JEFFERSON COUNTY, Colo. -- The Lower North Fork Fire Review Team, put together by Governor John Hickenlooper, released its 152-page report Monday.
It focuses on the circumstances surrounding the prescribed burn, but does not look into other issues.
The report concludes it was a perfect storm of factors that turned a typical prescribed burn into an out-of-control forest fire that killed three people, destroyed 27 homes and scorched over four thousand acres.
Team leader Bill Bass says, “Recognize that each of these factors individually would not have caused the fire to escape, but created a cascading effect.”
The biggest factor was winds gusting over 55 miles an hour. Bass says, “There was a fast moving front with winds steady at 15 miles per hour and gusting to 55.”
He says when they started the prescribed burns, only mild winds were in the forecast. He says, “Their outlook was very good and they quite frankly did the burn very well.”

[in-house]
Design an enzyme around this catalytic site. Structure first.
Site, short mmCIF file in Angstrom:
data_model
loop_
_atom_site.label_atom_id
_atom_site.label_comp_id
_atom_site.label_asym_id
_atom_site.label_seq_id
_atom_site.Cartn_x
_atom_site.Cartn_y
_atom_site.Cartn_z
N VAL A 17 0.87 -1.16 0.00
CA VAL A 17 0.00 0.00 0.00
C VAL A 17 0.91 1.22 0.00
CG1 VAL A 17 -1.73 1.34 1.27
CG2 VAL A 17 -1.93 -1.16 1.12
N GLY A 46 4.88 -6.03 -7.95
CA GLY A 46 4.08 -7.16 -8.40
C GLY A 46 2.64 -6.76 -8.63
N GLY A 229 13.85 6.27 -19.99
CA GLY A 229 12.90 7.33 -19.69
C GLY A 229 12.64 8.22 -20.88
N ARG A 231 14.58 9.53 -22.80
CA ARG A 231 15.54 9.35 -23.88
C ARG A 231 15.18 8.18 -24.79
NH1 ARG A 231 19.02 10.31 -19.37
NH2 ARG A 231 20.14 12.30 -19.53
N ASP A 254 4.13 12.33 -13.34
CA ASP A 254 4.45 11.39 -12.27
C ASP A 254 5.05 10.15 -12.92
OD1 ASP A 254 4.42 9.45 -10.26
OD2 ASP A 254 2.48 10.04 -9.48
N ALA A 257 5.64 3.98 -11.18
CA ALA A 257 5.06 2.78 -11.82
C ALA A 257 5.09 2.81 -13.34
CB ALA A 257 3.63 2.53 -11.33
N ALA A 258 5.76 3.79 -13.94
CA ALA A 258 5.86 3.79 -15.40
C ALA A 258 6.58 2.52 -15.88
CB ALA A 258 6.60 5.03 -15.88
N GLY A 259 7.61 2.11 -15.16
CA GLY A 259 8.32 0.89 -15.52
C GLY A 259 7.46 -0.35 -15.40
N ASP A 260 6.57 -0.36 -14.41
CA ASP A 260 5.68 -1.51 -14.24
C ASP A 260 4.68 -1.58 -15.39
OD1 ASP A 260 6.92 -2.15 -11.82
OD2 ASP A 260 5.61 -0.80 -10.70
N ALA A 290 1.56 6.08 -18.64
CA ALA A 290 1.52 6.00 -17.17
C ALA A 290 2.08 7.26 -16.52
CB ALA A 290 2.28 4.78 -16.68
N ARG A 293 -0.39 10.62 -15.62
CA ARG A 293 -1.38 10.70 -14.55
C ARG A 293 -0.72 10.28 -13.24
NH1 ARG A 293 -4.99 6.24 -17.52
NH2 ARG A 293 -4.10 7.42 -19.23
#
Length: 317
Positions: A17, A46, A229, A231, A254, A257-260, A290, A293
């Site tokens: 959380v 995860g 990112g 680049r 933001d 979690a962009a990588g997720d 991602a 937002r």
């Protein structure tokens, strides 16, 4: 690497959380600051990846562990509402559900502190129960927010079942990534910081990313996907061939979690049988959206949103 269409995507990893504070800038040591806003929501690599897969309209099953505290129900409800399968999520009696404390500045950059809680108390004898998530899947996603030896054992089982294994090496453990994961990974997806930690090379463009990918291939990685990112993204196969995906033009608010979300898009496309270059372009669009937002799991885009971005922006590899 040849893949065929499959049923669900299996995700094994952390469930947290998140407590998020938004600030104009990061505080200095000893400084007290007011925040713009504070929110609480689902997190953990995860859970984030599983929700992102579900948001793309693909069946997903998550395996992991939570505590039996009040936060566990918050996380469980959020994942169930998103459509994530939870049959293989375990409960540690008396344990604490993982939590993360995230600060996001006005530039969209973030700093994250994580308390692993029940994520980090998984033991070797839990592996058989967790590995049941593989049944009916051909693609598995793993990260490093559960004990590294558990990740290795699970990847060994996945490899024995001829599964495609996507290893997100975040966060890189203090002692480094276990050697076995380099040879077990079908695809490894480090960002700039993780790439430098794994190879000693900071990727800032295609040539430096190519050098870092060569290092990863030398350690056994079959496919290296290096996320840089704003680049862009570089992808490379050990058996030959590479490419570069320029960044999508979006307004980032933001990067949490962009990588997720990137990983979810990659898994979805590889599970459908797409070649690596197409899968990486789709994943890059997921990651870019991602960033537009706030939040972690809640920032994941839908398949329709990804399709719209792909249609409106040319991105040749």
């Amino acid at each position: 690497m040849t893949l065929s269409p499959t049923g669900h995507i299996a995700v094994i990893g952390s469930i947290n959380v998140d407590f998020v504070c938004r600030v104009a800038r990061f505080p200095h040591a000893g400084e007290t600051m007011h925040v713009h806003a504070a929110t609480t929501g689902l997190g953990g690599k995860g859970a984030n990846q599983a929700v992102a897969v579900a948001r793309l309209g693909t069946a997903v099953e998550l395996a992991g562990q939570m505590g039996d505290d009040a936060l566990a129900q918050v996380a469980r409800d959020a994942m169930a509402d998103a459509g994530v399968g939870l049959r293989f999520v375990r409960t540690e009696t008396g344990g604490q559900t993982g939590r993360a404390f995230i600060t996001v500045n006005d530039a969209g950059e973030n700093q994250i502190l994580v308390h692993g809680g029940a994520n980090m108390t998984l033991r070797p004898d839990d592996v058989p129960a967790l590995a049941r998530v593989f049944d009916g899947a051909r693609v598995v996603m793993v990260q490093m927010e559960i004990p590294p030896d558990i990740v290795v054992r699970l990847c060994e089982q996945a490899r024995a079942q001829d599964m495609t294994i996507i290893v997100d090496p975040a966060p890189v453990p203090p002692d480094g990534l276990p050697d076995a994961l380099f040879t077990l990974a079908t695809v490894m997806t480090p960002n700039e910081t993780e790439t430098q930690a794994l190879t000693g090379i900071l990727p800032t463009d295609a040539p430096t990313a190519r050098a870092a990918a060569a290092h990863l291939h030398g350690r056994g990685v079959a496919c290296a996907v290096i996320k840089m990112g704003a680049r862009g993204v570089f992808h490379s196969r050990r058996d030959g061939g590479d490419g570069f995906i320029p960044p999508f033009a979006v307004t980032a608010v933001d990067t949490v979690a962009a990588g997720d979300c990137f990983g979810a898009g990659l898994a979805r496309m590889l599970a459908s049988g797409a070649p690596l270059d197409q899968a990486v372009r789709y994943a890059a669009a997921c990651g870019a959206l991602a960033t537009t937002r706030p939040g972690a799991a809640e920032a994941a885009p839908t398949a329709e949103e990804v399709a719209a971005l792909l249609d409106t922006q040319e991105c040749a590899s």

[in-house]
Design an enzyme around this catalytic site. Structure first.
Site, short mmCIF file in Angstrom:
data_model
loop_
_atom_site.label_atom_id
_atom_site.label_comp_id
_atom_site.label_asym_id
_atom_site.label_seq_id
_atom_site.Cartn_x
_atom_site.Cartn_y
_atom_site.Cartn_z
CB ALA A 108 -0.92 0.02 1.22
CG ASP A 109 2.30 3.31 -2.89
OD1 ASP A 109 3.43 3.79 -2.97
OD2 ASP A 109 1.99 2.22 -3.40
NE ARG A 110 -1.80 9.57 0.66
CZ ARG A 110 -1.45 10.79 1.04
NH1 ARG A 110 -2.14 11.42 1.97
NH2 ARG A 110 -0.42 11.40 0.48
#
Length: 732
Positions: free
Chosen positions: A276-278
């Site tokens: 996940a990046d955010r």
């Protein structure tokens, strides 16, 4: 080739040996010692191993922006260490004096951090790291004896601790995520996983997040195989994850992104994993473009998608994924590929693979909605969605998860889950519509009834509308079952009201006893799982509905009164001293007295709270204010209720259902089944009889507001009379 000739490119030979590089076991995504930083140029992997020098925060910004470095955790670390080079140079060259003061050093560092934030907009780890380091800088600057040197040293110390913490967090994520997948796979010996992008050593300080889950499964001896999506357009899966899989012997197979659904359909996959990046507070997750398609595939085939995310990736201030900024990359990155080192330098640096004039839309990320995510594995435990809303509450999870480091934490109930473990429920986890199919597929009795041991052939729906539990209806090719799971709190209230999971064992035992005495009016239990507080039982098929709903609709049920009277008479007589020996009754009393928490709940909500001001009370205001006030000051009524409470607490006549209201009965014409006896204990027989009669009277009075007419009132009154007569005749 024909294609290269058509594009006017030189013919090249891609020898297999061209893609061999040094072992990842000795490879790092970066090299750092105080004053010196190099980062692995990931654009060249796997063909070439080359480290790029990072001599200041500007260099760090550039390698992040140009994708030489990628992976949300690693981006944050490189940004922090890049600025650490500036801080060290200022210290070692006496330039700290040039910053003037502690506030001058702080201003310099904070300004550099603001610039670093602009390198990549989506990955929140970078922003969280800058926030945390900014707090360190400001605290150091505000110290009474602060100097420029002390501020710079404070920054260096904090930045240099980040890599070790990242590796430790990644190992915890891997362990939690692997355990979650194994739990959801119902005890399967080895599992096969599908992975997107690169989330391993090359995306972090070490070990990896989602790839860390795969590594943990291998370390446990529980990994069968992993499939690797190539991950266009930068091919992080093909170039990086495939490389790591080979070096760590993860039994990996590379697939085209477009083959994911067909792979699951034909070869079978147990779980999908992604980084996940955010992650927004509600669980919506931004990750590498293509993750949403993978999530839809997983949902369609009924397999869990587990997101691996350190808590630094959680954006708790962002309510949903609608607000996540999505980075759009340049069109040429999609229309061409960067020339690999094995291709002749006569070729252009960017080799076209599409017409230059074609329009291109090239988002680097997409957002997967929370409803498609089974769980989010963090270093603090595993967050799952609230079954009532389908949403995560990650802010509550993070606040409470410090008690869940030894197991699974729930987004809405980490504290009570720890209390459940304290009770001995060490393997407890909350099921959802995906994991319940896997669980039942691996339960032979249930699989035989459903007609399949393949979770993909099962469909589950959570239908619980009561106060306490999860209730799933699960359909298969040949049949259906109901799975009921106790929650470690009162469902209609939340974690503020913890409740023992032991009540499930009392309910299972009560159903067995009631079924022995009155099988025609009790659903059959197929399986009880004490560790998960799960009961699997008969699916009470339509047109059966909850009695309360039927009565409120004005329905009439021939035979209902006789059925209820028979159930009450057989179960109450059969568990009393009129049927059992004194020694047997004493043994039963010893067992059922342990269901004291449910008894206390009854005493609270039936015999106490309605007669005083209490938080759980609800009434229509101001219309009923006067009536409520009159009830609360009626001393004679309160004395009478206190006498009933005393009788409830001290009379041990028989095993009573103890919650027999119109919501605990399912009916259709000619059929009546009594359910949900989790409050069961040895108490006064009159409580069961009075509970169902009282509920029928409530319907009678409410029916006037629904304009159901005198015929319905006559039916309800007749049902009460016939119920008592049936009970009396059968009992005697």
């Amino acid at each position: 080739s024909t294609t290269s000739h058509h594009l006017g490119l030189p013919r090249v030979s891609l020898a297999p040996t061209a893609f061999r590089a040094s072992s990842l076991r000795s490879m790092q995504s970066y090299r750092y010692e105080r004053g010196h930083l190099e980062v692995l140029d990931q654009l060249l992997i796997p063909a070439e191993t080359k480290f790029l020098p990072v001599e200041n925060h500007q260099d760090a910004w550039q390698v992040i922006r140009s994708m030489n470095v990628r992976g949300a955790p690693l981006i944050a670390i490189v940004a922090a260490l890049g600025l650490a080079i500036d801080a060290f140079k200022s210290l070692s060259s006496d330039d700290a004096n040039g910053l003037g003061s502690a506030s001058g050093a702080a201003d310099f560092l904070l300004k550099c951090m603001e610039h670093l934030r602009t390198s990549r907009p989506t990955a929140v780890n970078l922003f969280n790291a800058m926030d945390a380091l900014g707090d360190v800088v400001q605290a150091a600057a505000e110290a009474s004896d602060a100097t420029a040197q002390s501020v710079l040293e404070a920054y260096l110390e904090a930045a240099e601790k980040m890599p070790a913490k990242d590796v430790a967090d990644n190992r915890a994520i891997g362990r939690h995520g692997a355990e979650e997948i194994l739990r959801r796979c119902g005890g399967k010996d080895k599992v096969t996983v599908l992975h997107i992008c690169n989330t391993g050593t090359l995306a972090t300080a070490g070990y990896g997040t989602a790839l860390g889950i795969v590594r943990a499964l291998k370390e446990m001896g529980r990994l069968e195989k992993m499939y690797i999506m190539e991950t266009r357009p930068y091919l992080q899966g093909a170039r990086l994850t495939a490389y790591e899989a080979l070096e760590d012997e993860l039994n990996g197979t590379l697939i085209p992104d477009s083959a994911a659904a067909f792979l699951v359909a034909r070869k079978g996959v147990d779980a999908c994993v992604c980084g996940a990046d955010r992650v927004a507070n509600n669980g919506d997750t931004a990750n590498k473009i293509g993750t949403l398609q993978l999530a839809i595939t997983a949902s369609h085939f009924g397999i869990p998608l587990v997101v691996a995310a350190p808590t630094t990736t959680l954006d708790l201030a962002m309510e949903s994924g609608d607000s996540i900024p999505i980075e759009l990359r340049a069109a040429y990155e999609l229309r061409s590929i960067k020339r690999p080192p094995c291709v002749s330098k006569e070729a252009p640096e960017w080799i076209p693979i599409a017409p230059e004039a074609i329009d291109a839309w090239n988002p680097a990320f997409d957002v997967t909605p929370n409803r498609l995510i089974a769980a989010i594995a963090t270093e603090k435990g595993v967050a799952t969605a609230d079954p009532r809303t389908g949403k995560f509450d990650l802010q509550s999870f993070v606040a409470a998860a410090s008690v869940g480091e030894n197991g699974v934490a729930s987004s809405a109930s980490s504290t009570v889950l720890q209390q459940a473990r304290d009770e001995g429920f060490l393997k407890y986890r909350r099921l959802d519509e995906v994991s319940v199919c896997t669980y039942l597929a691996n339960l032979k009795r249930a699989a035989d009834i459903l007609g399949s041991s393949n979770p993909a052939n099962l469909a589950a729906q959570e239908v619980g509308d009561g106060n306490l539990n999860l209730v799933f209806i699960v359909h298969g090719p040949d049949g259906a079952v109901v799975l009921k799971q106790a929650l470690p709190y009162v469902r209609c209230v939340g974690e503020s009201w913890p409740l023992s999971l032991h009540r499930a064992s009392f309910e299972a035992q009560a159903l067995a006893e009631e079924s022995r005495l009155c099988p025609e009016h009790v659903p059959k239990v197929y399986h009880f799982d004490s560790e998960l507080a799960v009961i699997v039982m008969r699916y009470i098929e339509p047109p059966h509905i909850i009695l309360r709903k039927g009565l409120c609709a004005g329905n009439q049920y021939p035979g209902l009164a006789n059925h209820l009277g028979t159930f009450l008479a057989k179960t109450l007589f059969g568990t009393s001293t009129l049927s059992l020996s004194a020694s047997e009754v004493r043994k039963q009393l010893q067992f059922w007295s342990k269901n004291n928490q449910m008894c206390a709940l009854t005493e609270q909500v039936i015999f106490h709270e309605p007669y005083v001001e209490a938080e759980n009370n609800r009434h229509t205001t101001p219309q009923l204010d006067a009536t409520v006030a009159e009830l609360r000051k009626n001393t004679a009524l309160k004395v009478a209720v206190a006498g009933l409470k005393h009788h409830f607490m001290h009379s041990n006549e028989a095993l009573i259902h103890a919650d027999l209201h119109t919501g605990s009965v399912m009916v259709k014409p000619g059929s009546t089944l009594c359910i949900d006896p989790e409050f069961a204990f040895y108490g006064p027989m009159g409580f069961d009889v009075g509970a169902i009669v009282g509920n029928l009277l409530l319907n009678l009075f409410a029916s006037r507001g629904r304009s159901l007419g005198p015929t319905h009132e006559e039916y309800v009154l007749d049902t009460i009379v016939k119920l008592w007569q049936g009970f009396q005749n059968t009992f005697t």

The report says the fire crews followed accepted procedures Friday and Saturday during the mop up.
On Sunday, even though the winds were picking up and a red flag warning was issued, they did not send anyone to check on or monitor the fire. And on Monday they sent only one crew. But Bass says this did not make any difference in the outcome.
Governor Hickenloooper says, “They were skilled professionals doing state of the art implementation.”
Among other things, the report recommends improving weather and fire behavior predictions and strengthening mop up and perimeter protections, especially when a prescribed burn is near homes.
The Governor says leaders from various state agencies will also get together to review the state’s emergency handling of fires and prescribed burns. He is also asking for a federal review of the fire.
Meanwhile, local agencies in Jefferson County continue to look into other aspects of the fire, including how the evacuation was handled.
They are also looking into the origins of the fire as it relates to the investigations into the deaths of three people.
There is criticism from residents like Andy Hoover who watched his home burn to the ground. "People are hiding behind legal fences that shouldn't even be there. To many of us, the fact that that is true is disgusting."